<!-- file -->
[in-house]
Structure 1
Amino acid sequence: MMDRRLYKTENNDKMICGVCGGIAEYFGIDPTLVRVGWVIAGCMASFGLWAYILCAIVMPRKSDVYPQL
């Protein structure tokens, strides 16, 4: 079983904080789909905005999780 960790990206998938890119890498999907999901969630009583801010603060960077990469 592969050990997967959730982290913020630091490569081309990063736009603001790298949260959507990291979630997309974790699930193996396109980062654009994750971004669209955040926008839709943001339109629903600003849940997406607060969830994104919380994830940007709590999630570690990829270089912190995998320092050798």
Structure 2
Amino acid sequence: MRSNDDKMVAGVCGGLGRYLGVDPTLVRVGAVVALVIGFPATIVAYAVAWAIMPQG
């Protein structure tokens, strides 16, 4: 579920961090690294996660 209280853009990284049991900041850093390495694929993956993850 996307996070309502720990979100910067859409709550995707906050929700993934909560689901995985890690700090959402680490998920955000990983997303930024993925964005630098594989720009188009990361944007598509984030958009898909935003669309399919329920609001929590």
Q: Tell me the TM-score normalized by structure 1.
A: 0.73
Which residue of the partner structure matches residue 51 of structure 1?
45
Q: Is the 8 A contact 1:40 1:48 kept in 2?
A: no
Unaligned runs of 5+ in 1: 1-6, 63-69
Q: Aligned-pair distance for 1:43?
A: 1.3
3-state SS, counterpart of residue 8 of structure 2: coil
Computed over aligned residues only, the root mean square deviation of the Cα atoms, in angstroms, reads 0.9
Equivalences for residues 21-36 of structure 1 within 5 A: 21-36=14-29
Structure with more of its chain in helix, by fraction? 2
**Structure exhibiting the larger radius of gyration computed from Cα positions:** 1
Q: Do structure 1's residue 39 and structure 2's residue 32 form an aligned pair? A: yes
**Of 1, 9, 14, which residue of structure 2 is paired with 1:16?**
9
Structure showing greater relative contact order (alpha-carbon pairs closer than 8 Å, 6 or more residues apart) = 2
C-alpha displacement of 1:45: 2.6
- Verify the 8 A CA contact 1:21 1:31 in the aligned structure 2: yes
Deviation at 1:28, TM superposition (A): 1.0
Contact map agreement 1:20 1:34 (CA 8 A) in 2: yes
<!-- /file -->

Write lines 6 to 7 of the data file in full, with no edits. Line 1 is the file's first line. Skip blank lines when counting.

Amino acid sequence: MRSNDDKMVAGVCGGLGRYLGVDPTLVRVGAVVALVIGFPATIVAYAVAWAIMPQG
């Protein structure tokens, strides 16, 4: 579920961090690294996660 209280853009990284049991900041850093390495694929993956993850 996307996070309502720990979100910067859409709550995707906050929700993934909560689901995985890690700090959402680490998920955000990983997303930024993925964005630098594989720009188009990361944007598509984030958009898909935003669309399919329920609001929590």